Mobile menu

Is a contract necessary when you take on a job?
Thread poster: JDSuk
JDSuk  Identity Verified
Local time: 14:01
English to Italian
+ ...
Feb 2, 2007

hi, i have received a request for a quote from an agency for a big job(155.000 words) and i was thinking, what if after all the work the client doesn't pay? Do i need to draw a contract? Is there a way to protect myself against this risk? Is it possible to get progress payment let's say every x words translated?
Any suggestions? what's the norm in these cases?

Thank you very much

Direct link Reply with quote

Els Spin  Identity Verified
Local time: 14:01
Dutch to English
+ ...
Yes Feb 2, 2007

Dear JD,

It is never wise to work without some form of contract. However, since it is an agency, you will probably receive a contract from them, which you will have to sign or otherwise agree with.
After all, a proper agency will want to make sure you will keep your end of the bargain too!

If they don't send you one - which I doubt - you can always draw up your own contract or an order confirmation, and ask them to return a signed copy.

If you are a member of a professional translators association, you might ask them whether they have drawn up any General Terms and Conditions that may be used by all registered members. If so, and if you agree with them, attach those to your contract; that will save you a lot of time!

Kind regards,

Direct link Reply with quote

ViktoriaG  Identity Verified
Local time: 08:01
English to French
+ ...
No established standard, just widely accepted practices Feb 2, 2007

Hi JD,

There are no standards for any of the things you mention, since translation is not regulated in most countries. However, there are widely accepted practices, which do recommend that you draw up a contract and also that you ask for partial payments when dealing with new clients.

I highly recommend you make a model contract, which will include not only the terms of payment but other aspects of the work relationship between you and your client. A list of things I mention in my contract:

1. Reserving the right to correct myself in case someone else finds an error in my translation. This helps to avoid getting paid partially for a mere typo somewhere in the translation. Some clients (especially agencies) deduce 25 or even 50% off your invoice for a mere typo. Also, some proofreaders correct more than they should and then the client thinks you did a bad translation, and there have even been cases where the client refused to pay altogether saying your work was useless or that it cost them too much money to get it corrected. So, make sure you mention that the client gets your work proofread at their own cost and that if they find any errors, you reserve the right to be notified of them and will correct those errors at the best of your knowledge, within a reasonable timeframe. Of course, also mention that the client has to allow enough time for this process before the real due date. This is also their responsibility.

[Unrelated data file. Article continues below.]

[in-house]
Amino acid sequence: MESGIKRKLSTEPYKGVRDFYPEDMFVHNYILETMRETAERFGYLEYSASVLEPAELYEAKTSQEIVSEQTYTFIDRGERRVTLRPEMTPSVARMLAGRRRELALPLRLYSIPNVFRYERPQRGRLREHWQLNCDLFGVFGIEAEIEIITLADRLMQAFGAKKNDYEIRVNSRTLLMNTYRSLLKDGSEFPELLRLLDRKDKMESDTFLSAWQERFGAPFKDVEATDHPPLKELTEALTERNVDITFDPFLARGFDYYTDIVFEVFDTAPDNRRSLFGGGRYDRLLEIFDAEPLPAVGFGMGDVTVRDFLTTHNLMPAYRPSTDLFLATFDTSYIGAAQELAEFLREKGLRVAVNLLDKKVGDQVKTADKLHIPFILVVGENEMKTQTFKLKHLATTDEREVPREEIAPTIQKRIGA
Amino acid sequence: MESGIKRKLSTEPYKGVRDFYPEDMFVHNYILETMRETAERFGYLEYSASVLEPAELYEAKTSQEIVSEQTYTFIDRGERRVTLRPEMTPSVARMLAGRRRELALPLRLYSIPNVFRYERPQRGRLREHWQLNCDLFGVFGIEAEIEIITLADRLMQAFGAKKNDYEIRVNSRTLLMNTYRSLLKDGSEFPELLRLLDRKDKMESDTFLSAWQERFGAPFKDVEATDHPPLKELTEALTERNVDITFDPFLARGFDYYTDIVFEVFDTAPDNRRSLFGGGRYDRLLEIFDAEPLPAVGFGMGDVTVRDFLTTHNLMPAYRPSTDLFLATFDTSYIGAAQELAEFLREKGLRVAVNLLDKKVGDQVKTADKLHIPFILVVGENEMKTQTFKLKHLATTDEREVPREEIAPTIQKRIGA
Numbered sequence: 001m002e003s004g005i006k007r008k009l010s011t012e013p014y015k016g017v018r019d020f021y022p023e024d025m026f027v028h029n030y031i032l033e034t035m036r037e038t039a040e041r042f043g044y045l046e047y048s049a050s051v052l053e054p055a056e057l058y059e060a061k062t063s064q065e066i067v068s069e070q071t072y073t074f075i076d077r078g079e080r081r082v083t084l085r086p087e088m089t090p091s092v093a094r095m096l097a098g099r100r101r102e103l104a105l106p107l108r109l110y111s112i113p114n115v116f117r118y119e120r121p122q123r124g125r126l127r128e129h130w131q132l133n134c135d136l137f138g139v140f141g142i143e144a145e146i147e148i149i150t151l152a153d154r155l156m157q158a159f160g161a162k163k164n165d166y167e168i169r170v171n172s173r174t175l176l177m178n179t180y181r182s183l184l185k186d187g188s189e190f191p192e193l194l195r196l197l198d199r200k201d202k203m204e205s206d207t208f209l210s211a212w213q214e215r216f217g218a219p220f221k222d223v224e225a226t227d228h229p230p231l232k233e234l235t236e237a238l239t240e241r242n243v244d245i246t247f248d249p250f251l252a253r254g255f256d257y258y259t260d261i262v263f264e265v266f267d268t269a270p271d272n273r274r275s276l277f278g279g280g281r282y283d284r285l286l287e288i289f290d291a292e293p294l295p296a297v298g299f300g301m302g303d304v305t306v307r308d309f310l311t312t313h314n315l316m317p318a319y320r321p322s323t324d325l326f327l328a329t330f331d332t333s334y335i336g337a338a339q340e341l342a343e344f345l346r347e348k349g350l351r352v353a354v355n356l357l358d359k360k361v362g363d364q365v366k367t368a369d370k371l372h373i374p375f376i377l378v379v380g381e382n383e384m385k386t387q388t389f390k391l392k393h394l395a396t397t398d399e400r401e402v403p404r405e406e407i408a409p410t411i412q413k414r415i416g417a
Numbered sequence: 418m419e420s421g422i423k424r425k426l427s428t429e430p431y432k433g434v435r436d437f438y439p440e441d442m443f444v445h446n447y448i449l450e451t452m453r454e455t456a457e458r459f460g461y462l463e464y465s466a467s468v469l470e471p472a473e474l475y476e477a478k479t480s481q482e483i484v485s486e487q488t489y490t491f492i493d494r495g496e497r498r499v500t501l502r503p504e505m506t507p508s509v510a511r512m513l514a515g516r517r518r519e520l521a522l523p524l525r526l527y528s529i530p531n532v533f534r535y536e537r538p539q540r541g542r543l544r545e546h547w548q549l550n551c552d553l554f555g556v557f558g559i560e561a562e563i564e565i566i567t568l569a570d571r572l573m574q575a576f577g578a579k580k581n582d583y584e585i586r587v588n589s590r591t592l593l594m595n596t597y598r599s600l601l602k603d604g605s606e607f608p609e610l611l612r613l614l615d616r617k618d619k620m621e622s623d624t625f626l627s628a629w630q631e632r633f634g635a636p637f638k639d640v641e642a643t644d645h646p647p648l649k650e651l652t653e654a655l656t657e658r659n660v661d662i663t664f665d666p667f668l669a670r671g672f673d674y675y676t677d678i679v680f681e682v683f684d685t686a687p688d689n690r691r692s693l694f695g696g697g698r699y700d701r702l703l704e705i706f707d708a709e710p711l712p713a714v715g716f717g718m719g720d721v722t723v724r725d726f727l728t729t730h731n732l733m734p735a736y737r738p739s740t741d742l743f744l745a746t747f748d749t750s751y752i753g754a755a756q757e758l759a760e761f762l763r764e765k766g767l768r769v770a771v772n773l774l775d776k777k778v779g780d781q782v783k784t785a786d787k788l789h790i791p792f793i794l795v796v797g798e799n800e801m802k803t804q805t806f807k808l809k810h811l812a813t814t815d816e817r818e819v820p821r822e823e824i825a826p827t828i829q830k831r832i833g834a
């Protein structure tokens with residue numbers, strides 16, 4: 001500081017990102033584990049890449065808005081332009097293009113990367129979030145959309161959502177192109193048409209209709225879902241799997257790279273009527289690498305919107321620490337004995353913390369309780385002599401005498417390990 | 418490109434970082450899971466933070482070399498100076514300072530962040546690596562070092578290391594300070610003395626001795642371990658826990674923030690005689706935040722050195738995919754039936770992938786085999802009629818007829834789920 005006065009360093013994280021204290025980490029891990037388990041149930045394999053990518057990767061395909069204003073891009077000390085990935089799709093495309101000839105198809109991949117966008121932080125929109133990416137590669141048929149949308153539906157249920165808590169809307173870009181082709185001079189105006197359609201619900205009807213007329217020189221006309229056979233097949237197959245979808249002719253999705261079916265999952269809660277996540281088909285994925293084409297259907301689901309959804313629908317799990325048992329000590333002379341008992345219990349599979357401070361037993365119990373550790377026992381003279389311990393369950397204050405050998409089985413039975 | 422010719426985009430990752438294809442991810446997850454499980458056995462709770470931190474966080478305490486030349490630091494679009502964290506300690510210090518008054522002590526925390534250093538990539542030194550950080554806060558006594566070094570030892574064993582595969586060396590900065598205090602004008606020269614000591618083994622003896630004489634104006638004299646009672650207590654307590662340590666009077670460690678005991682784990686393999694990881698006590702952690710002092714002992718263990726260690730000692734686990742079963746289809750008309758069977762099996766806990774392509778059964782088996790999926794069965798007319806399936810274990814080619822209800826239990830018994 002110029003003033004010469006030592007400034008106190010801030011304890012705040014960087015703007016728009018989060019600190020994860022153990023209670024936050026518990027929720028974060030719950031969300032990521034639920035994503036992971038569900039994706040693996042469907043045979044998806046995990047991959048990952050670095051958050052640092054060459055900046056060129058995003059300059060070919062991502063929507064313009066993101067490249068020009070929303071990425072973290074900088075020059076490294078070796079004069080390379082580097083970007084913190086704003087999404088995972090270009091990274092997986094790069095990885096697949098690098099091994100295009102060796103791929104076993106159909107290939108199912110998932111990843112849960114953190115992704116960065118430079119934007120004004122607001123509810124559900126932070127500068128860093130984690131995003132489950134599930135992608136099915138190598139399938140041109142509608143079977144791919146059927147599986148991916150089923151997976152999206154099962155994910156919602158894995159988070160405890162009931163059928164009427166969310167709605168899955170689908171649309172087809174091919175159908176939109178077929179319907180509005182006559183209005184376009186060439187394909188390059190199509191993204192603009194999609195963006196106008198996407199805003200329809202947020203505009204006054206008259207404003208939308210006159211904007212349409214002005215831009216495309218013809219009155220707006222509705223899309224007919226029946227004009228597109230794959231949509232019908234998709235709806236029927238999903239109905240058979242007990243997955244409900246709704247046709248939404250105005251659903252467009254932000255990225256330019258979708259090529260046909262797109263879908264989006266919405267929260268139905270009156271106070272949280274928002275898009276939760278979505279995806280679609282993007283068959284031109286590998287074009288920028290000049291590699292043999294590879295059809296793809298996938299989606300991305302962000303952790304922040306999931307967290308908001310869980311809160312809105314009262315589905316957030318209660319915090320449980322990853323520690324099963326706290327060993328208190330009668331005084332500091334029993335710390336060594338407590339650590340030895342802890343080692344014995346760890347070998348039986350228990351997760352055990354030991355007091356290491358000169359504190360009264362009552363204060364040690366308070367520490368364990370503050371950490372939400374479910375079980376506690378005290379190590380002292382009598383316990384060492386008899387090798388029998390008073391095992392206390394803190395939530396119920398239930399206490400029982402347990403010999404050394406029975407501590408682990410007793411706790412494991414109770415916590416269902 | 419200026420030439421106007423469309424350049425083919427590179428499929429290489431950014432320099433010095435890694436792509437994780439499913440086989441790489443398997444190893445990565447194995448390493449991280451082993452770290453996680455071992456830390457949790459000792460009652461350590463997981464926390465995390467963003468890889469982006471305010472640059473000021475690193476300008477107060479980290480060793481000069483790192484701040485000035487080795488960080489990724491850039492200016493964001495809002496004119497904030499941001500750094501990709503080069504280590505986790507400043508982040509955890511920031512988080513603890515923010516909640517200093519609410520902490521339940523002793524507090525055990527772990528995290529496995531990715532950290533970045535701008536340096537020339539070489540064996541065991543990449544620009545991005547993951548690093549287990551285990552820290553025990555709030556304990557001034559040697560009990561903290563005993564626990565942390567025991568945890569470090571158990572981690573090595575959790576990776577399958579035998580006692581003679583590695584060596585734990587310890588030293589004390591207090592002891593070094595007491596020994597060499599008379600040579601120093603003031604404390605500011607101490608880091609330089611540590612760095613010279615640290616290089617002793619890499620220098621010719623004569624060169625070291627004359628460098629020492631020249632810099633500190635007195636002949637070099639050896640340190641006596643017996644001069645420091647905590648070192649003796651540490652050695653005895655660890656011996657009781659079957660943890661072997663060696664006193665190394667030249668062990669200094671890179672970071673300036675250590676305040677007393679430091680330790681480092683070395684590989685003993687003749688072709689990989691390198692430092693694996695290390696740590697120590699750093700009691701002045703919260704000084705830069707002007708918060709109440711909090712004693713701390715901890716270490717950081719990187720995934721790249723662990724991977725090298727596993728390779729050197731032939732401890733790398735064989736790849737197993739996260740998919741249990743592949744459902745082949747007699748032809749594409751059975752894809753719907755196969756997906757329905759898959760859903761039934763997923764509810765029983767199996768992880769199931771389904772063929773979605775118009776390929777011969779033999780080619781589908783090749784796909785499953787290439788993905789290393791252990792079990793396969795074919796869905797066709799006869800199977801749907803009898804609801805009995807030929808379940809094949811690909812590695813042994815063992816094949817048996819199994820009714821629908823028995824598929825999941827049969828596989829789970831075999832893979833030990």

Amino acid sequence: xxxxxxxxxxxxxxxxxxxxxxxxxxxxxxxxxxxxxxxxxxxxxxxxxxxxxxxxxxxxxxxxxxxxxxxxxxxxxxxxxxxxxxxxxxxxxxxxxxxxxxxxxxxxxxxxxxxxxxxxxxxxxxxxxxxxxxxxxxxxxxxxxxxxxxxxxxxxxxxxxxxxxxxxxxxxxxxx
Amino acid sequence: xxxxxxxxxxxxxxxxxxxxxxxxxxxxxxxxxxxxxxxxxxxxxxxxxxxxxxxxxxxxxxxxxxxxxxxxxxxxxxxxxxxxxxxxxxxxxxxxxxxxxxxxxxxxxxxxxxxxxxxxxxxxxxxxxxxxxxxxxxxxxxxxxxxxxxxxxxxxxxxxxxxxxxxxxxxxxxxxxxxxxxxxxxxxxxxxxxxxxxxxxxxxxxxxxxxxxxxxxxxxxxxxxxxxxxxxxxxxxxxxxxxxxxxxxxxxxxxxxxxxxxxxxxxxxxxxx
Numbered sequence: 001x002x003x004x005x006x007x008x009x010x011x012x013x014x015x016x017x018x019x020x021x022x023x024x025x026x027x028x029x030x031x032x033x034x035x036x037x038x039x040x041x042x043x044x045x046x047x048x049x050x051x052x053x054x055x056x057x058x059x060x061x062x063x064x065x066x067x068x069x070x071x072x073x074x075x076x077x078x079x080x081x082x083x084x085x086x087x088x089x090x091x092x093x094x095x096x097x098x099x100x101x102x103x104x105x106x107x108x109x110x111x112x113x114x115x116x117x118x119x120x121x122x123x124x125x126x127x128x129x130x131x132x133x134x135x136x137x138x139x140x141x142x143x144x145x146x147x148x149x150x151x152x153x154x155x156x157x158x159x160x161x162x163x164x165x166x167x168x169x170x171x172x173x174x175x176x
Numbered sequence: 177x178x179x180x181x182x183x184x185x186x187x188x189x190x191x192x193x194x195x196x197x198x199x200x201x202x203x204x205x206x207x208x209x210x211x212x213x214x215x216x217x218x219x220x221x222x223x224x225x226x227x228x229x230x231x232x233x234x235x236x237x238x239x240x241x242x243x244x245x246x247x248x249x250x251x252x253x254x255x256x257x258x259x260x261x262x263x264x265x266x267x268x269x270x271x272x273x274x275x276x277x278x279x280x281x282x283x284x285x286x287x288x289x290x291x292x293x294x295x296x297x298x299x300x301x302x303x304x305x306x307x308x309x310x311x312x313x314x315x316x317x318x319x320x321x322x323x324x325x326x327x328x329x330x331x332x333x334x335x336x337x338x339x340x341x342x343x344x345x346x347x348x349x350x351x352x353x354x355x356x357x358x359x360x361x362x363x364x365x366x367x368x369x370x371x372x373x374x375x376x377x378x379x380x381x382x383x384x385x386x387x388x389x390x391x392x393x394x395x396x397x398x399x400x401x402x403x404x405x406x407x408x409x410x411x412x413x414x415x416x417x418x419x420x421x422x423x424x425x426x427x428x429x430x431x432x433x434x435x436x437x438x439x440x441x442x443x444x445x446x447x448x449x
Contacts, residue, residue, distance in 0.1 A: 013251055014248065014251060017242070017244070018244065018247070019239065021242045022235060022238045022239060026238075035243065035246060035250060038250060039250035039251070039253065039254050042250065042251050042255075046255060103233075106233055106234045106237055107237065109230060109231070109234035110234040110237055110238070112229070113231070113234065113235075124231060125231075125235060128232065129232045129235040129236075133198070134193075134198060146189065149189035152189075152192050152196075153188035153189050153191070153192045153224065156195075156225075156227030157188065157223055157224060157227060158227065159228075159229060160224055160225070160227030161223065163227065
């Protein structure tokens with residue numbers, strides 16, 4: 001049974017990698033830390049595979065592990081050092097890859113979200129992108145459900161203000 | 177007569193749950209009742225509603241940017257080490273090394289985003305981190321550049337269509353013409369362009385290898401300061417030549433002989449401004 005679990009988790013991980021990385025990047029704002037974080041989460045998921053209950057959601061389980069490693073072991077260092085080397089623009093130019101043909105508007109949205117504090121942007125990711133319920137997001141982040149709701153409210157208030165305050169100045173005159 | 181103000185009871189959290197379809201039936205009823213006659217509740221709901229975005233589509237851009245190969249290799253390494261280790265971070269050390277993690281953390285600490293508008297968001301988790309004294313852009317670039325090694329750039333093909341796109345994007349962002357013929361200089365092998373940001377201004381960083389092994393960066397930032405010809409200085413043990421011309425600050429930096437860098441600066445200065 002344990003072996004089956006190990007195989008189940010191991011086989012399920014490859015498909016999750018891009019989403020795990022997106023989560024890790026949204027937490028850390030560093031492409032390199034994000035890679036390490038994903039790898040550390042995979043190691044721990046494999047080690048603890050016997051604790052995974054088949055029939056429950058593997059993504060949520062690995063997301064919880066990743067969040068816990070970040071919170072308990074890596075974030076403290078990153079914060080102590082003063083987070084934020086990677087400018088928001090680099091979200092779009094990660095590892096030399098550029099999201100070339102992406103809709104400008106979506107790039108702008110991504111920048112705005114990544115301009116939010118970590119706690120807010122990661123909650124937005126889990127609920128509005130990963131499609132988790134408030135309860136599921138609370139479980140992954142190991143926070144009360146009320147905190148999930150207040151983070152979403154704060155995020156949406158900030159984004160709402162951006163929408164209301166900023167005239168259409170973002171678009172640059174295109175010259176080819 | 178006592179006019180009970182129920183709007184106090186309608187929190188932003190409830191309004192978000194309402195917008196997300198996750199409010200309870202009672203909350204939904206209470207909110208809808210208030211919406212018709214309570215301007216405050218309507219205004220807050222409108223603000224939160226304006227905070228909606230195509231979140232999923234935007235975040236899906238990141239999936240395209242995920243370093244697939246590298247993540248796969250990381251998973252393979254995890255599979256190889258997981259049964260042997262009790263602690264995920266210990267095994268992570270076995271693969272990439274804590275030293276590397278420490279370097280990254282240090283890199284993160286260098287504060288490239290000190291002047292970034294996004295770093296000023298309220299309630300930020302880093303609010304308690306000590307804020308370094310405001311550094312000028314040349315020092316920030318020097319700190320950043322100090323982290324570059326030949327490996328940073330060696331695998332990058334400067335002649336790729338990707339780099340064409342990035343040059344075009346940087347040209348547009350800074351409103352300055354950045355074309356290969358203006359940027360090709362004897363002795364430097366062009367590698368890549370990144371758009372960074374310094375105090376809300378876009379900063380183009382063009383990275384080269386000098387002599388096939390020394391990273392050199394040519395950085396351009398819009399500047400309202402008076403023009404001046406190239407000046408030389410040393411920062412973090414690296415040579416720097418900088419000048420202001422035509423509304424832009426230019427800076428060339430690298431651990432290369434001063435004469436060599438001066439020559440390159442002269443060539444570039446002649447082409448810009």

2. Payment terms. I am very explicit (some would say anal) about this. Not only do I mention a term of payment, I explicitly explain that the money has to be in my account before the payment deadline is reached, not simply sent by that time. Not only do I mention 30 days, I also mention the specific date for receipt of payment. Do add, if the laws in your country provide for this, that you will charge interest past the due date. Do also mention that you WILL use any means available to you to collect the owed sum in case of partial or non payment.